Diabetes status was self-reported in 26 studies [59, 66, 70, 72, 77,78,79,80, 82,83,84,85, 88,89,90,91,92,93, 95,96,97,98,99,100, 102, 103], of which 17 considered ever-diagnosis [66, 70, 72, 78, 80, 83, 85, 90, 92, 93, 95,96,97,98,99, 102, 103], two considered current diagnosis [88, 100] and seven did not provide a look-back period [59, 77, 79, 82, 84, 89, 91]. The remaining studies defined diabetes up to 10 years before baseline using administrative data [65, 71, 73, 75, 81, 94], medical charts [74, 86, 101], records of prescription medications [76] and records of direct physical and laboratory examinations performed at the time of survey administration [87]. Two self-reported [78, 88] and four administrative data definitions [71, 73, 75, 94] were independently validated by healthcare professionals against medical charts [71, 73, 75, 78, 94] and responses to other survey questions [88].

Breast cancer screening

Breast cancer screening with a bilateral mammogram was defined using self-report in 17 studies [77, 78, 87,88,89,90,91,92,93, 95,96,97,98,99,100, 102, 103], administrative claims in seven studies [65, 71,72,73, 75, 76, 94] and medical records in three studies [74, 86, 101]. Most studies were conducted in age-eligible women and defined screening as receiving a mammogram within 1–3 years, which is consistent with clinical guidelines [27,28,29,30] (Table 2). To minimise inclusion of non-screening mammograms, studies excluded women with a history of breast cancer [65, 71,72,73,74,75, 78, 88, 95, 101], any cancer [94, 97, 100], mastectomy [71, 100, 101], recent abnormal mammogram [101] or mammogram performed after a recent breast cancer diagnosis [75]. Mammograms performed by invitation within organised programmes were considered as screening tests [65, 76, 88].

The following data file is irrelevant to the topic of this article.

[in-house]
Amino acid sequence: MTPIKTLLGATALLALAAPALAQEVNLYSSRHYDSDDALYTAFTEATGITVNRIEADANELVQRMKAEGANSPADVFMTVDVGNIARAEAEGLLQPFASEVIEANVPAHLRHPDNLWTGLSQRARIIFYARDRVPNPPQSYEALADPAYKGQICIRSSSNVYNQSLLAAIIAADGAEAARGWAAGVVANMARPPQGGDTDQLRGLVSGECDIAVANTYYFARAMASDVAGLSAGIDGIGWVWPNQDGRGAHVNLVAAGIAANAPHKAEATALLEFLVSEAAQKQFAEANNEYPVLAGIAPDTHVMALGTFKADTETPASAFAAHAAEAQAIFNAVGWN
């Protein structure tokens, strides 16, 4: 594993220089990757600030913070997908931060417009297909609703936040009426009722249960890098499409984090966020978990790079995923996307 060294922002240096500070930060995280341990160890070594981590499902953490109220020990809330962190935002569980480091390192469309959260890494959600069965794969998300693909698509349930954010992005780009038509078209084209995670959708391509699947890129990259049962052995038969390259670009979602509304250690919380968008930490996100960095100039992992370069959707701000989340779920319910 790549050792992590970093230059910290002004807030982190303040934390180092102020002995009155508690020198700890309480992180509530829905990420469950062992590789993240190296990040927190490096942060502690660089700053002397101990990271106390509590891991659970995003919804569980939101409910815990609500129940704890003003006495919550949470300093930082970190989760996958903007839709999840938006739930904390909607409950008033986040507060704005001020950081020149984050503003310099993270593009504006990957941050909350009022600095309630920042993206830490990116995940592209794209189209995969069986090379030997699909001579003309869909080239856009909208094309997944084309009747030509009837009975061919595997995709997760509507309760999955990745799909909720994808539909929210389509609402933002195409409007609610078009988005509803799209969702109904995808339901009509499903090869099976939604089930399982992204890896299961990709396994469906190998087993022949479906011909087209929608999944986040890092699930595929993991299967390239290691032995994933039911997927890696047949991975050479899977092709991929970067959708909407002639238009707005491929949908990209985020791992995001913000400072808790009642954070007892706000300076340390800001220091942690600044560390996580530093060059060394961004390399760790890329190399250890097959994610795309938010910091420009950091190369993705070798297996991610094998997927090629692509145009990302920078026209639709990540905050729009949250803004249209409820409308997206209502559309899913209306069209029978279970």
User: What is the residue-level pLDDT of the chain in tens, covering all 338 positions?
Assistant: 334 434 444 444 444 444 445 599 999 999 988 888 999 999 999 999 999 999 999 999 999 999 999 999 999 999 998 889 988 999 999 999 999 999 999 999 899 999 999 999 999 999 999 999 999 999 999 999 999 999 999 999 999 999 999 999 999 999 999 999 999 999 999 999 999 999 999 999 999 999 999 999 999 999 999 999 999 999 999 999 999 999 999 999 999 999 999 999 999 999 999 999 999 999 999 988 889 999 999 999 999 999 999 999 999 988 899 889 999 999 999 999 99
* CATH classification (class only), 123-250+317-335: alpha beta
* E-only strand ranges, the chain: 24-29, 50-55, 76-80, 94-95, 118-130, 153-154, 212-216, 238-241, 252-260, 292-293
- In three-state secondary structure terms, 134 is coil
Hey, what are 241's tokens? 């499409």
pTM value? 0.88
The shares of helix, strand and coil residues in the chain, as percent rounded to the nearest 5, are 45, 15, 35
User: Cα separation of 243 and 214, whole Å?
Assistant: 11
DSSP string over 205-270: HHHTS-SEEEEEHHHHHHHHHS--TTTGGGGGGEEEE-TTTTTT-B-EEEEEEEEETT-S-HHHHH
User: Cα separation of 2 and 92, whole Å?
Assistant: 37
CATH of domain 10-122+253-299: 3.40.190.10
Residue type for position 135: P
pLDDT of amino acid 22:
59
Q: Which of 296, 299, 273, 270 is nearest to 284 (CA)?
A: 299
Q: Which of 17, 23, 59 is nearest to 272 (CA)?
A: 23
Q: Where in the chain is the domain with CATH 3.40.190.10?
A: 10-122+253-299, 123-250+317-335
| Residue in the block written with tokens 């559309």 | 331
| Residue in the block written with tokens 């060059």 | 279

The prevalence of breast cancer screening ranged from 9.3% to 78.1% in women with diabetes and from 5.8% to 84.9% in women without diabetes. Adjusted ORs for breast cancer screening were reported by 19 studies [65, 71,72,73,74,75, 78, 86,87,88, 92,93,94,95,96,97,98, 101, 103] (Fig. 1). The remaining studies only reported the proportions of women screened in each group, due to the descriptive focus of the studies [76, 89, 90, 99, 100, 102], non-significant bivariate associations between diabetes and screening [91], or statistical model selection procedures [77]. One descriptive study [100] and 12 of the 19 analytical studies found that breast cancer screening participation was significantly lower in women with diabetes [65, 71, 73,74,75, 87, 88, 92,93,94, 97, 98].

Fig. 1
figure 1

Forest plot depicting breast cancer screening (mammography) in women with vs without diabetes. ADL, activities of daily living (subgroups by individuals with and without ADL limitations); EOD, end-organ damage (subgroups by individuals with and without EOD); IV, inverse variance

The pooled OR for breast cancer screening uptake in women with diabetes relative to those without was 0.83 (95% CI 0.77, 0.90; 19 studies, 23 subgroups, I2 = 97%) (Fig. 1). Heterogeneity was partially explained by study designs and quality ratings; however, the effect size estimate remained robust in subgroup analyses across these factors (ESM Table 4). The likelihood of breast cancer screening in women with diabetes relative to those without was lower in studies conducted outside of the USA compared with those conducted in the USA [71, 72, 78, 86, 94,95,96,97,98, 101, 103] (outside USA: 0.78 [95% CI 0.69, 0.88], 8 studies, 8 subgroups, I2 = 99%; in USA: 0.89 [95% CI 0.84, 0.96], 11 studies, 15 subgroups, I2 = 54%).

Cervical cancer screening